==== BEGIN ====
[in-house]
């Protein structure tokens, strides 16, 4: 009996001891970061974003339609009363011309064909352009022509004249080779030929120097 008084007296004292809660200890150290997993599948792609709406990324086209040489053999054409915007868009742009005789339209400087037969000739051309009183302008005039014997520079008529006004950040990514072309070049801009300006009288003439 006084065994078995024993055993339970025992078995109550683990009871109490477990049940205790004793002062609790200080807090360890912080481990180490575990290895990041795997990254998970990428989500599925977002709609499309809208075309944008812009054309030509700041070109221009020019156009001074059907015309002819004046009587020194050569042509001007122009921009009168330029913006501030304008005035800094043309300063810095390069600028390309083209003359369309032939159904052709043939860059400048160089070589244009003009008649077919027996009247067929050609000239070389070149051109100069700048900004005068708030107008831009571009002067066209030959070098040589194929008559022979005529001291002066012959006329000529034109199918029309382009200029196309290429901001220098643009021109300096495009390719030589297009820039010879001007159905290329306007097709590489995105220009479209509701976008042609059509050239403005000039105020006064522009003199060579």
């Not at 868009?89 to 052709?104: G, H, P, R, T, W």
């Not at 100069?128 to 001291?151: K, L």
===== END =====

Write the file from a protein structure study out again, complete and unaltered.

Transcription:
[in-house]
């Protein structure tokens, strides 16, 4: 009996001891970061974003339609009363011309064909352009022509004249080779030929120097 008084007296004292809660200890150290997993599948792609709406990324086209040489053999054409915007868009742009005789339209400087037969000739051309009183302008005039014997520079008529006004950040990514072309070049801009300006009288003439 006084065994078995024993055993339970025992078995109550683990009871109490477990049940205790004793002062609790200080807090360890912080481990180490575990290895990041795997990254998970990428989500599925977002709609499309809208075309944008812009054309030509700041070109221009020019156009001074059907015309002819004046009587020194050569042509001007122009921009009168330029913006501030304008005035800094043309300063810095390069600028390309083209003359369309032939159904052709043939860059400048160089070589244009003009008649077919027996009247067929050609000239070389070149051109100069700048900004005068708030107008831009571009002067066209030959070098040589194929008559022979005529001291002066012959006329000529034109199918029309382009200029196309290429901001220098643009021109300096495009390719030589297009820039010879001007159905290329306007097709590489995105220009479209509701976008042609059509050239403005000039105020006064522009003199060579």
């Not at 868009?89 to 052709?104: G, H, P, R, T, W």
């Not at 100069?128 to 001291?151: K, L």